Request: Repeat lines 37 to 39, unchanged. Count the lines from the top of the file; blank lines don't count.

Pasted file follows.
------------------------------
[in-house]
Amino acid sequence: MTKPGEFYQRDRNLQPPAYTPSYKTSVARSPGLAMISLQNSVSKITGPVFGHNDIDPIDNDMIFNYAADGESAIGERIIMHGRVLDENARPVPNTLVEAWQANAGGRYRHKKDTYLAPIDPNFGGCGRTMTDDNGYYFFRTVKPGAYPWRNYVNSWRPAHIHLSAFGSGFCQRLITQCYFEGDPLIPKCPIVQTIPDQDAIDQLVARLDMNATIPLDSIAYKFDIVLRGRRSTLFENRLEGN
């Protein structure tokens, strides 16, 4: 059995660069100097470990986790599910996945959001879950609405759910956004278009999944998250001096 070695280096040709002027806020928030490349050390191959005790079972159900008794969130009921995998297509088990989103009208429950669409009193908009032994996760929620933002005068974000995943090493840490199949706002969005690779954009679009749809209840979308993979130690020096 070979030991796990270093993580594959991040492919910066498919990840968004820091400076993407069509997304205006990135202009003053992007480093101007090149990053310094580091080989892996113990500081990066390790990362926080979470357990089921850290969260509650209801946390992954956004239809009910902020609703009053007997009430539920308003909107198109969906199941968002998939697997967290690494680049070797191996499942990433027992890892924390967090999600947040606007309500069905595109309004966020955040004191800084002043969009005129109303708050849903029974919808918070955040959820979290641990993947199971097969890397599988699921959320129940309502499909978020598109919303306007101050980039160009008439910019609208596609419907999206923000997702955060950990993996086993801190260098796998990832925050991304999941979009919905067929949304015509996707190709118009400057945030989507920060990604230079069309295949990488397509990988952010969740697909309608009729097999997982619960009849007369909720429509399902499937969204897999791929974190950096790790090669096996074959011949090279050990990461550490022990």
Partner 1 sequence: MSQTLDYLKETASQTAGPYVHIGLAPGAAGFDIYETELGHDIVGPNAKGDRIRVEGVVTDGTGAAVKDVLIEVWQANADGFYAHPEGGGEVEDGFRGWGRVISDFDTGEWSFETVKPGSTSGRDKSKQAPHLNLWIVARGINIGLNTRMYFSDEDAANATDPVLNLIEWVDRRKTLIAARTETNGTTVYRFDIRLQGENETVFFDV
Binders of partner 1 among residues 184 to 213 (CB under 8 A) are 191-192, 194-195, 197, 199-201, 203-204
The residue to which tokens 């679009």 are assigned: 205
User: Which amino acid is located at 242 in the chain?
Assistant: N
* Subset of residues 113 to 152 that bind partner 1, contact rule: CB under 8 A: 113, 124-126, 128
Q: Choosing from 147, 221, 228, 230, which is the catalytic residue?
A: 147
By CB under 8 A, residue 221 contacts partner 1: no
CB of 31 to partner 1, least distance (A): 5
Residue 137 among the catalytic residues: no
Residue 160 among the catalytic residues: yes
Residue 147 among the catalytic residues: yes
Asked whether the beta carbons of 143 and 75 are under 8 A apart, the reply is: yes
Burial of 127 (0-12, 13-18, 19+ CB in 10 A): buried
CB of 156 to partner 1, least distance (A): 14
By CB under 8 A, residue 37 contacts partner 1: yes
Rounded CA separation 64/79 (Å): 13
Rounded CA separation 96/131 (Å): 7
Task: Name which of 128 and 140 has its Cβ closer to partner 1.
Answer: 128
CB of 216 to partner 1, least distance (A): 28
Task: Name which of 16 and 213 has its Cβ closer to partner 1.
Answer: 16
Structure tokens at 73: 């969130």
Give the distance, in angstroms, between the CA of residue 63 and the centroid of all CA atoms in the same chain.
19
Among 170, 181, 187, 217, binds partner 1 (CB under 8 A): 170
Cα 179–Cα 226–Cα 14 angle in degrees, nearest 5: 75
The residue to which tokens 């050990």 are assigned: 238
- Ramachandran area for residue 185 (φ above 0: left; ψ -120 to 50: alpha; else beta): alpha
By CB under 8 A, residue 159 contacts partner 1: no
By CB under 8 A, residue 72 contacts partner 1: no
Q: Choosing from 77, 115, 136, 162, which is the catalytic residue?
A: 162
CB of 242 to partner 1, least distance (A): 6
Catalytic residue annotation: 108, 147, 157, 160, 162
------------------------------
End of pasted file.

Q: Choosing from 77, 115, 136, 162, which is the catalytic residue?
A: 162
CB of 242 to partner 1, least distance (A): 6